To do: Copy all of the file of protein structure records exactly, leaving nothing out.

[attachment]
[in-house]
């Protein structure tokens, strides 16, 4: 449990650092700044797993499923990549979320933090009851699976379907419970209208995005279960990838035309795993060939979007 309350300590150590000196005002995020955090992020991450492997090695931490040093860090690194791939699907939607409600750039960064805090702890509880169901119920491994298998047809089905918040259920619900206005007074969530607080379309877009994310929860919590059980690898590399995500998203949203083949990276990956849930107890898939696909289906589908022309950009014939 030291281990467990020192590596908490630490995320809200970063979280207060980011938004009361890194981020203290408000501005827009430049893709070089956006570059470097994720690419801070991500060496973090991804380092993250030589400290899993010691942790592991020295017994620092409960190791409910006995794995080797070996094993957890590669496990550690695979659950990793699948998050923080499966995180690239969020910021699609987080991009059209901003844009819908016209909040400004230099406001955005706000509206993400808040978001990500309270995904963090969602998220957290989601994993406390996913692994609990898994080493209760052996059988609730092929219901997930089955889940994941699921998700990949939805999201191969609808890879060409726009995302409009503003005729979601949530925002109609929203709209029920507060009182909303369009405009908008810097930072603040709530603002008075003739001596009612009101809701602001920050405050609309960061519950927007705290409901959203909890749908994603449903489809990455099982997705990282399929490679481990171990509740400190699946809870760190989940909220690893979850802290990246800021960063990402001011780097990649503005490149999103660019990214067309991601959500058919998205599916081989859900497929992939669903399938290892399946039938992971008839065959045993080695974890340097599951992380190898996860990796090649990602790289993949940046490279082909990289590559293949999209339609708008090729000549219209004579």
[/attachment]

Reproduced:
[in-house]
């Protein structure tokens, strides 16, 4: 449990650092700044797993499923990549979320933090009851699976379907419970209208995005279960990838035309795993060939979007 309350300590150590000196005002995020955090992020991450492997090695931490040093860090690194791939699907939607409600750039960064805090702890509880169901119920491994298998047809089905918040259920619900206005007074969530607080379309877009994310929860919590059980690898590399995500998203949203083949990276990956849930107890898939696909289906589908022309950009014939 030291281990467990020192590596908490630490995320809200970063979280207060980011938004009361890194981020203290408000501005827009430049893709070089956006570059470097994720690419801070991500060496973090991804380092993250030589400290899993010691942790592991020295017994620092409960190791409910006995794995080797070996094993957890590669496990550690695979659950990793699948998050923080499966995180690239969020910021699609987080991009059209901003844009819908016209909040400004230099406001955005706000509206993400808040978001990500309270995904963090969602998220957290989601994993406390996913692994609990898994080493209760052996059988609730092929219901997930089955889940994941699921998700990949939805999201191969609808890879060409726009995302409009503003005729979601949530925002109609929203709209029920507060009182909303369009405009908008810097930072603040709530603002008075003739001596009612009101809701602001920050405050609309960061519950927007705290409901959203909890749908994603449903489809990455099982997705990282399929490679481990171990509740400190699946809870760190989940909220690893979850802290990246800021960063990402001011780097990649503005490149999103660019990214067309991601959500058919998205599916081989859900497929992939669903399938290892399946039938992971008839065959045993080695974890340097599951992380190898996860990796090649990602790289993949940046490279082909990289590559293949999209339609708008090729000549219209004579």